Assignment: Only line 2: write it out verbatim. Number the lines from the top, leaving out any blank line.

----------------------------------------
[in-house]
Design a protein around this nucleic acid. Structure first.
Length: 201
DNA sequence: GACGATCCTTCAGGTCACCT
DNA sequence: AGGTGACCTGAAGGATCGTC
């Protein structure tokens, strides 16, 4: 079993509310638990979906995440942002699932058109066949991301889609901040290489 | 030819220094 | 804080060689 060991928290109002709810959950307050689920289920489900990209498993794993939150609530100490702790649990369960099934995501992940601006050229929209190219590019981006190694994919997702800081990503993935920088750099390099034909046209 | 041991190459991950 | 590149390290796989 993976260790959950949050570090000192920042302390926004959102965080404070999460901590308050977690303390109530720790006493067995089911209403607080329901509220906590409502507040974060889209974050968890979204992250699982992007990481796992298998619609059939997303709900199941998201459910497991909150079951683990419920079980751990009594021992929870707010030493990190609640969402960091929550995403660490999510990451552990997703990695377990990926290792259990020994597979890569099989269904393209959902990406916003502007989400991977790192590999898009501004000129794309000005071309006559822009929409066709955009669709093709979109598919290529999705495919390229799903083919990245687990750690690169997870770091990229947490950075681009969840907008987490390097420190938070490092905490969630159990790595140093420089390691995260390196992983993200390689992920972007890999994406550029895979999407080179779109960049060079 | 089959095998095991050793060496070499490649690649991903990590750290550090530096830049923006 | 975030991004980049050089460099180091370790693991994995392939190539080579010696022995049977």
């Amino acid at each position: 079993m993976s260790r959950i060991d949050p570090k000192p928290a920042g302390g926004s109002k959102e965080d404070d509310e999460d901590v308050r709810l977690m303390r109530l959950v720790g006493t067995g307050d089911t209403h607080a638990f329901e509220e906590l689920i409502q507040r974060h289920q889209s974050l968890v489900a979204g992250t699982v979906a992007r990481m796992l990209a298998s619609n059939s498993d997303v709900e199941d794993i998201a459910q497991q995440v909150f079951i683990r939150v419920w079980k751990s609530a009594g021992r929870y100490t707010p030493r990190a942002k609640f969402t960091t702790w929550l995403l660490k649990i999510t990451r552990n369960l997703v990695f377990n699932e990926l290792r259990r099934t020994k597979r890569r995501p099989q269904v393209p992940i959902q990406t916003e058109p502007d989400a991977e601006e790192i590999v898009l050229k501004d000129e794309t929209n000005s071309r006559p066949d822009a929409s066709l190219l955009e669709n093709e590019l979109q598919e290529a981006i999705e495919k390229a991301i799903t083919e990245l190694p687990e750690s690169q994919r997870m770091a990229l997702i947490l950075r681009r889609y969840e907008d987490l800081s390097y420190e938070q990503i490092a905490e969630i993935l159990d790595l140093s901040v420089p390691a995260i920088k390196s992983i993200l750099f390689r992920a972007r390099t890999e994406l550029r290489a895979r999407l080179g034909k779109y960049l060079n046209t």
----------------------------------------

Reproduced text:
Design a protein around this nucleic acid. Structure first.